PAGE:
Tuesday 16 March 2010

Project Plans in Excel - As a Chart

The series of posts on project planning in Excel with Gantt charts has been very popular, and one of the most popular questions has been "Why don't you use an Excel chart?" Well, the answer's simple, they don't work very well for large list of tasks. For small lists they look very nice, but they don't scale well, hence I prefer to keep my Gantt in the cells of the worksheet. However, for completeness I thought I'd offer this bonus post to show how it's done. You can see the end result alongside this paragraph (right). I'm using Excel 2003.

We'll start with the result from the last post, including the progress bars in the worksheet. You can see it alongside this paragraph (left). Since we used the cells to indicate progress, we were limited to showing progress in chunks of whole days. In the chart we will be able to show a more accurate picture of progress.

I'm going to start by removing the groups that we had in the last result - I've never explored how they can successfully be charted. So, let's select the input data area (A2 to F9), go to the Subtotals window, and click the Remove All button (then confirm that you understand that entire rows will be removed). Our chart collapses and looks as shown below.

Let's add a couple of columns that indicate the amount of progress (equivalent to column Q) and the amount remaining. So, insert a couple of columns between Start and Effort. To keep this tutorial simple, the position is important, but you could actually put these columns over to the right if you're familiar with de-selecting data series in Excel charts. Having inserted two columns, let's label them Done and Remain, and let's set their values with formulae. Put D3 =F3*H3/100, and E3 =F3-D3. In other words, Done equals Effort times %Done, and Remain equals Effort minus Done. Copy these formulae  down and you'll get the result below.

Now select the area that contains the data to be charted, i.e. B2 to E6, and launch the Chart wizard. In step1 of the Wizard, select chart type of Bar and sub-type of Stacked Bar (see below).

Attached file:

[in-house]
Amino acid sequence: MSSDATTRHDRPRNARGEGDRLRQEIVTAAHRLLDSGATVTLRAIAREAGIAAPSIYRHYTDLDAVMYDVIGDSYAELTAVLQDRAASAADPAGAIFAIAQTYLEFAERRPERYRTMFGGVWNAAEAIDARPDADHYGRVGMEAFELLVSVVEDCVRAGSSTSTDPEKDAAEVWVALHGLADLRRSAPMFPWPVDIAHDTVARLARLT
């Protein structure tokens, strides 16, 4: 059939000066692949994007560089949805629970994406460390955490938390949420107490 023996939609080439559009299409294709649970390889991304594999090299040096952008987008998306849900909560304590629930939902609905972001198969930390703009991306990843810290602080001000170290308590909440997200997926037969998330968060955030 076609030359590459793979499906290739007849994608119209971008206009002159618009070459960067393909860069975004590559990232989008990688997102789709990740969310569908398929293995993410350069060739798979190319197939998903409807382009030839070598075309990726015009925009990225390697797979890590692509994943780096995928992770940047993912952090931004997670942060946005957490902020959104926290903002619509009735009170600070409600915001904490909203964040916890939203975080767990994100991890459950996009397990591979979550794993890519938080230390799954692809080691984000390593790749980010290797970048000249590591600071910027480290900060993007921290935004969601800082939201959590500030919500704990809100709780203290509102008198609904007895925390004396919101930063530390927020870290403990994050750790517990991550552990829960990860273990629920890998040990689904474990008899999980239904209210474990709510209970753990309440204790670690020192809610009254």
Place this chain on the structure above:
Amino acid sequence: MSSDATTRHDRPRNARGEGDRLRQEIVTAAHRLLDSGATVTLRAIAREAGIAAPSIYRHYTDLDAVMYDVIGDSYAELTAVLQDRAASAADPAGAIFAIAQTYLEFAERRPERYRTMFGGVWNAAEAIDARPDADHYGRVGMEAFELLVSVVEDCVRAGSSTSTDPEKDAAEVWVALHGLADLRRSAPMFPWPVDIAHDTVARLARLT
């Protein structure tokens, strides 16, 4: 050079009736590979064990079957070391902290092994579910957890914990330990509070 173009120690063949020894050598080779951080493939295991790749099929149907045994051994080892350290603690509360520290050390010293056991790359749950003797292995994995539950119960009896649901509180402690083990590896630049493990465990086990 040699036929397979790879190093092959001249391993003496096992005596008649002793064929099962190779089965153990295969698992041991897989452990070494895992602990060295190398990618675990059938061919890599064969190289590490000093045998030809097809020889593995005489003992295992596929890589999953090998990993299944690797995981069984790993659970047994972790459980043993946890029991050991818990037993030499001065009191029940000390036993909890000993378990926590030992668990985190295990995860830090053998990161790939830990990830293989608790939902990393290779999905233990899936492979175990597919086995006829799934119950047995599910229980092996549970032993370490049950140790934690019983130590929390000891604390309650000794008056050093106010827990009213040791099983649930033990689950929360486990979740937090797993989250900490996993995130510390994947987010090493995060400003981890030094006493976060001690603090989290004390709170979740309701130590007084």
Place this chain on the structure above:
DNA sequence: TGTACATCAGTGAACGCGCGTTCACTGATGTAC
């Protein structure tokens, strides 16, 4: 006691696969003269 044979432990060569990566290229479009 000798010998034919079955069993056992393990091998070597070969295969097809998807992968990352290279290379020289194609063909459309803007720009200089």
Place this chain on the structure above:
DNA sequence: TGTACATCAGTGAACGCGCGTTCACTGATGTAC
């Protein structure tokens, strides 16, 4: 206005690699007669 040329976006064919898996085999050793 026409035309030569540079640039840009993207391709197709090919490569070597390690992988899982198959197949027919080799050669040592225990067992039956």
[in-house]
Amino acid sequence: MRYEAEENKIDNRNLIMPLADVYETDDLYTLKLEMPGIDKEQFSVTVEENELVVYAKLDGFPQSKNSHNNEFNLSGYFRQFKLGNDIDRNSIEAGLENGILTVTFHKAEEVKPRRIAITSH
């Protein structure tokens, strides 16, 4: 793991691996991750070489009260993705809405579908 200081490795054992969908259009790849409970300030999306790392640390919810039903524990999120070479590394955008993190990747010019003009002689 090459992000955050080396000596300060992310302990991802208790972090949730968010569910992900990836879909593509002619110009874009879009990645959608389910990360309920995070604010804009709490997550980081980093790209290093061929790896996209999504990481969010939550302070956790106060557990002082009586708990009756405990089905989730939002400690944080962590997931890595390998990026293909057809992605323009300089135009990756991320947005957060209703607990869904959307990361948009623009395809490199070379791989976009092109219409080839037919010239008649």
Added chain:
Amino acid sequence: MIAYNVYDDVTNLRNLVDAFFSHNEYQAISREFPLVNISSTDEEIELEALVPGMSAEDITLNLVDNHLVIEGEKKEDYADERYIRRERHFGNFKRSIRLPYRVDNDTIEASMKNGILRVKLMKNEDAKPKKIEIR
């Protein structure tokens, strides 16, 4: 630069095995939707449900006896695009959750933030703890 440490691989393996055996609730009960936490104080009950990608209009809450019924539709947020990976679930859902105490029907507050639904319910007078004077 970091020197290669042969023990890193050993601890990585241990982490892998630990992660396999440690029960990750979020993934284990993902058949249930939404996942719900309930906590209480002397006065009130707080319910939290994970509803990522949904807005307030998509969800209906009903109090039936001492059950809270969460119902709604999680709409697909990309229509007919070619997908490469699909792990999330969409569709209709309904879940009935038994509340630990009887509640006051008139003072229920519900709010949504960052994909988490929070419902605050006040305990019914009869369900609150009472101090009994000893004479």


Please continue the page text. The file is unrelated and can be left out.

Click Finish. Let's see what we've got:

We can see that the order down the left side is wrong (activity #4 is above activity #3, we'd like activity #1 at the top); if we hide the purple Start bars then we'll have some nice bars that show Done and Remain.

Right-click on the left axis, choose Format Axis, go to the Scale tab and tick Categories in reverse order. See below.

Click OK and you'll see that the order of tasks has reversed. Now right click on any of those purple Start bars, choose Format Data Series, and on the Patterns tab select Border colour of None and Area colour of None. Don't press OK yet. See below.

Then, before you click OK, go to the Data Labels tab and put a tick alongside Category Name. Now you can click OK and you'll see that the purple Start bars have disappeared.

Get rid of the Legend by right clicking on it and selecting Clear. And get rid of the left axis labels by right clicking on one of them and selecting Clear.

It's starting to look like what we want. Right click on one of the activity labels and select Format Data Labels. On the Alignment tab, select Right for Horizontal alignment, and Inside End for Label Position. See below.

Click OK. The labels look neat (although the labels for activity #1 and #3 unavoidably overlap the bars because of the limitations of the left margin).

Right, let's make it look a bit more snappy. Click on the grey background and select Clear; click on the top axis, select Format Axis, and select Lines as None in the Patterns tab; click on the border of the chart and select Format Chart Area, select Round Corners on the Patterns tab, and also select Fill Effects for the Area and then choose one colour and apply a vertical shading style. After having set the fonts to bold, the grid-lines to grey, and bar colours to red and green, here's my result:

They say beauty is in the eye of the beholder, so you may think it looks snappy, or you may not. Either way, it's an eye-catching Gantt chart.

As I said at the top, I find these charts creak under the strain of a larger number of tasks, and they become troublesome to print, hence I prefer using the cells of the worksheet.